The criminal wars which Obama engages in overseas cannot be separated in any way from the economic violence and repression which the US increasingly state directs towards the US domestic population. Both are a function of the economic decay of US capitalism and its increasing reliance on bubbles, swindles, naked criminality and, when these fail, public bailouts, to maintain its economic position. Politically Obama’s function is solely to provide a human face behind which the US ruling class and state attempts to maintain its global dominance through rapacious wars against populations at home and overseas.

    Obama will this year probably raise in the order of one billion USD to finance his election campaign. The corporate criminals and swine who “donate” campaign money to Obama do so knowing full well that they will be receive their pound of flesh (from the public) in return.

  9. Think you’re right to refer to The Lacanian Left. Stavrakakis and the writers he talks about should facilitate you and others to articulate the nature of this new beast and to develop a new politics of action in response without the almost useless rhetorical cliches of economic historiography.

    1. Wel, yes, Lacanian thought could be very useful here. I aklways find it strange, and frustrating, that the Lit Left is fond of quoting Zizek, but he’s almost always decontextualised. Zizek is a commenter on Lacan, so it makes no sense to use Zizek to backstop one’s arguments unless one has an interest in Lacan too.
      Left political thought doesn’t work for me without a pscyho-geography such as that provided by Lacan.

  10. I found your point about the left not doing pleasure very well quite interesting. I have read too many tedious long articles using words like jouissance and talking about Rabelais in tones that suggest that the author wouldn’t recognise a joke if it inserted itself like a rancid banana in his USB drive. Pleasure and humour seem to be seen as inferior to earnestness and po-faced analysis.

    I just don’t understand this feral seriousness.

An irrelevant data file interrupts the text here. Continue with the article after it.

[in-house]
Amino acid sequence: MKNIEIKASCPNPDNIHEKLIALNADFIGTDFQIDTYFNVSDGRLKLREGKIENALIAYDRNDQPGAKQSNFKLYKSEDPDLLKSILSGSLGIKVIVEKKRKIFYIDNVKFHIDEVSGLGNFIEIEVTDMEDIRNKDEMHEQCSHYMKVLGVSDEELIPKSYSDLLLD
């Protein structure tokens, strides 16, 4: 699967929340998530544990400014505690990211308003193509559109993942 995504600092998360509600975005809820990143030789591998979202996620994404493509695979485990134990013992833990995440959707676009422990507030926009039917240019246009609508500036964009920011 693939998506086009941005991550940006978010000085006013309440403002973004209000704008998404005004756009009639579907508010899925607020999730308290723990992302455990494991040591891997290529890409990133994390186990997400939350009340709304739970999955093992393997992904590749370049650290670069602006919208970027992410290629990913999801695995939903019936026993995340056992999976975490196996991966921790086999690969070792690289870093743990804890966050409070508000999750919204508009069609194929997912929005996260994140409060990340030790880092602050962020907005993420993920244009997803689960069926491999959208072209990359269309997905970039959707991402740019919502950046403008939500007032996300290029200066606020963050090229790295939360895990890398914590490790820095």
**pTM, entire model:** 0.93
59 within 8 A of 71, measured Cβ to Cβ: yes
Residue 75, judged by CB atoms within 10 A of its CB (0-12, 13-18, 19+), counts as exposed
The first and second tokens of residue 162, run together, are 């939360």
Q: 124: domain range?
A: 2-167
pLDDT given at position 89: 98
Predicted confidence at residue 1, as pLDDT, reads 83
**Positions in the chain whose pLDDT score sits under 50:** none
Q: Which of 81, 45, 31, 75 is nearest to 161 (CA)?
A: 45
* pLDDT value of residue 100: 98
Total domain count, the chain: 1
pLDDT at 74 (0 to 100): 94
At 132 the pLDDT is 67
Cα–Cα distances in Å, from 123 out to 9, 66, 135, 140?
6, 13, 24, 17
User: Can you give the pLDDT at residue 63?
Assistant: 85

1. I sometimes if the anger of the Left gets in the way of so many things, of both radical thought and action. I’ve been thinking a bit about it lately and thinking there have to better alternatives to paranoid anger. Something that still allows you to make jokes.

      1. I on the other hand, sometimes wonder if the smug complacency and wilful ignorance so often observed in the middle class liberal milieu gets in the way of both radical thought and action.

        I’ve been thinking (would you believe it?) a bit about it lately and thinking (there I go again) there really do have to better alternatives to stale old sneering liberalism — especially the sort which, from its vantage point, has the temerity to ask a sans culotte from the Global South (like this one) to regard late capitalism as some kind of matter to crack jokes about.

        1. Point taken. I’ve just finished a post on the states of mind that I see as obstructive to the Left’s advocacy of radical action, which I have to send off to the OL Ed. But I think we can use humour as a kind of guerrila activity without sneering. I may not be the one with the talent or capacity to do this, but I think it may be an avenue that others with more insight could profitably explore,

          1. Tastes differ of course, but I have always thought that the comedian George Carlin was a good example of the use of humour to the effect you describe. Here he (link) is talking about our obsession with “stuff“. Also (link) a segment by him on “elections which I had posted above — though arguably the elections segment includes quite a bit of both tastelessness and sneering.

        2. Bugger. I wrote a lengthy reply and it vanished into OL space somewhere.